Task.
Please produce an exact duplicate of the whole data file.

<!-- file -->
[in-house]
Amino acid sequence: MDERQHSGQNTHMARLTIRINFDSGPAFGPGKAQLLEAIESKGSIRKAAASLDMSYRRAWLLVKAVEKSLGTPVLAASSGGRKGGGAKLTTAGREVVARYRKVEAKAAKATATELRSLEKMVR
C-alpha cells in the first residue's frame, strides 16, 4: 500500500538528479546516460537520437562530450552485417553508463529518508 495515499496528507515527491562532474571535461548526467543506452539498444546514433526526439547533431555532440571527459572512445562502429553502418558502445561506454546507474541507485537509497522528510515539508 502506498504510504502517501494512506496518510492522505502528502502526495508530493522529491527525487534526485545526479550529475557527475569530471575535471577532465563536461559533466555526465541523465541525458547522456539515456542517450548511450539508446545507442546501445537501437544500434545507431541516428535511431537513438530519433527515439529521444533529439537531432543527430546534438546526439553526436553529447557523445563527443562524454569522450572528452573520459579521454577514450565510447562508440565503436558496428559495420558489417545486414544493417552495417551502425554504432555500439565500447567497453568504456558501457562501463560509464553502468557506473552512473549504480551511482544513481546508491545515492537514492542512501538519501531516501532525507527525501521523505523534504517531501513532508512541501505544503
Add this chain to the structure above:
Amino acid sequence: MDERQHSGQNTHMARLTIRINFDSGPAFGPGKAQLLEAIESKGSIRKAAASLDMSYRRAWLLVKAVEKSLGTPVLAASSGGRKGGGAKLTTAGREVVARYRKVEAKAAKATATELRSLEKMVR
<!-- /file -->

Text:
[in-house]
Amino acid sequence: MDERQHSGQNTHMARLTIRINFDSGPAFGPGKAQLLEAIESKGSIRKAAASLDMSYRRAWLLVKAVEKSLGTPVLAASSGGRKGGGAKLTTAGREVVARYRKVEAKAAKATATELRSLEKMVR
C-alpha cells in the first residue's frame, strides 16, 4: 500500500538528479546516460537520437562530450552485417553508463529518508 495515499496528507515527491562532474571535461548526467543506452539498444546514433526526439547533431555532440571527459572512445562502429553502418558502445561506454546507474541507485537509497522528510515539508 502506498504510504502517501494512506496518510492522505502528502502526495508530493522529491527525487534526485545526479550529475557527475569530471575535471577532465563536461559533466555526465541523465541525458547522456539515456542517450548511450539508446545507442546501445537501437544500434545507431541516428535511431537513438530519433527515439529521444533529439537531432543527430546534438546526439553526436553529447557523445563527443562524454569522450572528452573520459579521454577514450565510447562508440565503436558496428559495420558489417545486414544493417552495417551502425554504432555500439565500447567497453568504456558501457562501463560509464553502468557506473552512473549504480551511482544513481546508491545515492537514492542512501538519501531516501532525507527525501521523505523534504517531501513532508512541501505544503
Add this chain to the structure above:
Amino acid sequence: MDERQHSGQNTHMARLTIRINFDSGPAFGPGKAQLLEAIESKGSIRKAAASLDMSYRRAWLLVKAVEKSLGTPVLAASSGGRKGGGAKLTTAGREVVARYRKVEAKAAKATATELRSLEKMVR